9) And ultimately, Minnesotas Brian Dozier is on a career roll, hitting three home run on Monday against the Royals:
Then on Tuesday he hit another against KC – his seventh in five games – which, well, is a lot. Dozier is up to 39 now, trailing Baltimores Mark Trumbo by two during a season in which hes eclipsed his career high by 11 explosions. From an organizational point of view, its astonishing is of the view that, if and when Dozier hits his 40 th home run, he will be the only player in the 116 year history of the franchise not named Harmon Killebrew to reach that total.
While still based in tradition, Danish cuisine has embraced new flavours, foreign ingredients and a lighter touch, tells Trine Hahnemann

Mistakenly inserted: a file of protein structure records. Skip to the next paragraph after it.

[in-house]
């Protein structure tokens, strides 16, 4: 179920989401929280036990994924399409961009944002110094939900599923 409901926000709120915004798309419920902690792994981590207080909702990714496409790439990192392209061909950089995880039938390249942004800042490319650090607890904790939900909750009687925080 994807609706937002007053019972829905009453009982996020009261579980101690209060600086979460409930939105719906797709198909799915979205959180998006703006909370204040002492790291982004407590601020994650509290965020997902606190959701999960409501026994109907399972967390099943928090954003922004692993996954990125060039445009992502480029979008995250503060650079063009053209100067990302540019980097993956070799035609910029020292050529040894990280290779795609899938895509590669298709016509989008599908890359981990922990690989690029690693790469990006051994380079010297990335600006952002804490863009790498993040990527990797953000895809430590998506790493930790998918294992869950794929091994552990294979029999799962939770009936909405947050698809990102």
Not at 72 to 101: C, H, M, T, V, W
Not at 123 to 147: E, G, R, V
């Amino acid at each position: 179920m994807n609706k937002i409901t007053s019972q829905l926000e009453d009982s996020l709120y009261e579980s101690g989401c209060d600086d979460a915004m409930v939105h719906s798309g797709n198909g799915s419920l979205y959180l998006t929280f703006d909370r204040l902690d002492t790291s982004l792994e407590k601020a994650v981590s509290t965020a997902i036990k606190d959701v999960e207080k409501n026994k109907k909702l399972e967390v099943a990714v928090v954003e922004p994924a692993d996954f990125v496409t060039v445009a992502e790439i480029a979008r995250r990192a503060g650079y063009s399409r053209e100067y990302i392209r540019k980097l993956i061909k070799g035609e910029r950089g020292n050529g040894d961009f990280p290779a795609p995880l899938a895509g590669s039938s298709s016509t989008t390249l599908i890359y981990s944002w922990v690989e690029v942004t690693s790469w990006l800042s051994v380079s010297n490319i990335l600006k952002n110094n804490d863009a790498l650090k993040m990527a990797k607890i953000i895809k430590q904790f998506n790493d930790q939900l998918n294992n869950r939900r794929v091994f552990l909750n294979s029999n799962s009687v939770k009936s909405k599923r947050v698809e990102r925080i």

We Danes have stopped thinking about the meal as revolving around meat and potatoes. More things are eaten raw than my grandmother would have imagined.
While my cook is quite different from my grandmothers it is still deeply rooted in tradition, but I use stronger flavors, more spices, more fresh herbs, different techniques. I grew up with cauliflower boiled to demise or in a gratin with white sauce. Now I serve it in endless styles: raw, fried in butter, as a pure with chilli.
Inspiration from around the world has entered modern Danish cooking, and texture and combinings have shifted. It is lighter, a bit more complex in flavours, but without giving in on seasonality and still recognising the added benefit of keeping things simple.
Spelt tart with spinach, Jerusalem artichokes and feta
This tart is ideal for everyday cook and not that hard to construct. Its also perfect for guests, as it can be made the day before, then heated up to serve. Serves 4-6.